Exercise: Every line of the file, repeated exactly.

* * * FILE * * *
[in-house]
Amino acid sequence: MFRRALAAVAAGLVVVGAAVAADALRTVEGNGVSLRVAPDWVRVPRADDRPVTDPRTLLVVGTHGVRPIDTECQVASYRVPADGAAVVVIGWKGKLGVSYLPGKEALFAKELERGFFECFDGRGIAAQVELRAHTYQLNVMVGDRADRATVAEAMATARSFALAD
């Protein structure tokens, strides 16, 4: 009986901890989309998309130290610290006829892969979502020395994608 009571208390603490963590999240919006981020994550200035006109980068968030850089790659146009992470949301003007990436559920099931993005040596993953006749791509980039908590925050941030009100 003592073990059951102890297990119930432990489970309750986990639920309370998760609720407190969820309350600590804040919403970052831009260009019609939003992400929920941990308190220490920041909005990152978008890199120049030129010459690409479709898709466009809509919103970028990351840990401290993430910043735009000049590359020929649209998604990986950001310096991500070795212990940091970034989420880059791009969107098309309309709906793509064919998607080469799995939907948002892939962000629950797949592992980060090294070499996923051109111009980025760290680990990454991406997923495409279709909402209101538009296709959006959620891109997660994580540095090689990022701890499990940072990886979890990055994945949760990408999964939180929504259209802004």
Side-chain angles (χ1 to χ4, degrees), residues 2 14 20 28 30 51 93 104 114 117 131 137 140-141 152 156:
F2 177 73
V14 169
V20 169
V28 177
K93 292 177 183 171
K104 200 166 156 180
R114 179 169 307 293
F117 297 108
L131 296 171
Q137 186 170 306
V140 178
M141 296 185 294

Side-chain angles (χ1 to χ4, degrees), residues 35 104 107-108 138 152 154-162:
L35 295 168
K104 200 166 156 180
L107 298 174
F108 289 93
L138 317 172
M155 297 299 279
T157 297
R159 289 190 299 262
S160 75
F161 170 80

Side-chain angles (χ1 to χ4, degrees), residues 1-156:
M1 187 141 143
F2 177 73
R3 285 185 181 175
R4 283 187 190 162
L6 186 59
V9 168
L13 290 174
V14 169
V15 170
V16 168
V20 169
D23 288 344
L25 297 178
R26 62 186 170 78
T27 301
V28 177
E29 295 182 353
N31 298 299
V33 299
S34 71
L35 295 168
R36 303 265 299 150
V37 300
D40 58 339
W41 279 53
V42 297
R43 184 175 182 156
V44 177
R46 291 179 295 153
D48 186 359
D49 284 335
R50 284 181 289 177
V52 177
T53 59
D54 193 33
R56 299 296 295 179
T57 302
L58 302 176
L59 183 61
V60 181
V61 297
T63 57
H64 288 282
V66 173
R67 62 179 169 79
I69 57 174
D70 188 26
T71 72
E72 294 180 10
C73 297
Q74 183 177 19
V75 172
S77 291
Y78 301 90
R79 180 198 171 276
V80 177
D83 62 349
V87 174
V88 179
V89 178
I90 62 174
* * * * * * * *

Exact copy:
[in-house]
Amino acid sequence: MFRRALAAVAAGLVVVGAAVAADALRTVEGNGVSLRVAPDWVRVPRADDRPVTDPRTLLVVGTHGVRPIDTECQVASYRVPADGAAVVVIGWKGKLGVSYLPGKEALFAKELERGFFECFDGRGIAAQVELRAHTYQLNVMVGDRADRATVAEAMATARSFALAD
């Protein structure tokens, strides 16, 4: 009986901890989309998309130290610290006829892969979502020395994608 009571208390603490963590999240919006981020994550200035006109980068968030850089790659146009992470949301003007990436559920099931993005040596993953006749791509980039908590925050941030009100 003592073990059951102890297990119930432990489970309750986990639920309370998760609720407190969820309350600590804040919403970052831009260009019609939003992400929920941990308190220490920041909005990152978008890199120049030129010459690409479709898709466009809509919103970028990351840990401290993430910043735009000049590359020929649209998604990986950001310096991500070795212990940091970034989420880059791009969107098309309309709906793509064919998607080469799995939907948002892939962000629950797949592992980060090294070499996923051109111009980025760290680990990454991406997923495409279709909402209101538009296709959006959620891109997660994580540095090689990022701890499990940072990886979890990055994945949760990408999964939180929504259209802004």
Side-chain angles (χ1 to χ4, degrees), residues 2 14 20 28 30 51 93 104 114 117 131 137 140-141 152 156:
F2 177 73
V14 169
V20 169
V28 177
K93 292 177 183 171
K104 200 166 156 180
R114 179 169 307 293
F117 297 108
L131 296 171
Q137 186 170 306
V140 178
M141 296 185 294

Side-chain angles (χ1 to χ4, degrees), residues 35 104 107-108 138 152 154-162:
L35 295 168
K104 200 166 156 180
L107 298 174
F108 289 93
L138 317 172
M155 297 299 279
T157 297
R159 289 190 299 262
S160 75
F161 170 80

Side-chain angles (χ1 to χ4, degrees), residues 1-156:
M1 187 141 143
F2 177 73
R3 285 185 181 175
R4 283 187 190 162
L6 186 59
V9 168
L13 290 174
V14 169
V15 170
V16 168
V20 169
D23 288 344
L25 297 178
R26 62 186 170 78
T27 301
V28 177
E29 295 182 353
N31 298 299
V33 299
S34 71
L35 295 168
R36 303 265 299 150
V37 300
D40 58 339
W41 279 53
V42 297
R43 184 175 182 156
V44 177
R46 291 179 295 153
D48 186 359
D49 284 335
R50 284 181 289 177
V52 177
T53 59
D54 193 33
R56 299 296 295 179
T57 302
L58 302 176
L59 183 61
V60 181
V61 297
T63 57
H64 288 282
V66 173
R67 62 179 169 79
I69 57 174
D70 188 26
T71 72
E72 294 180 10
C73 297
Q74 183 177 19
V75 172
S77 291
Y78 301 90
R79 180 198 171 276
V80 177
D83 62 349
V87 174
V88 179
V89 178
I90 62 174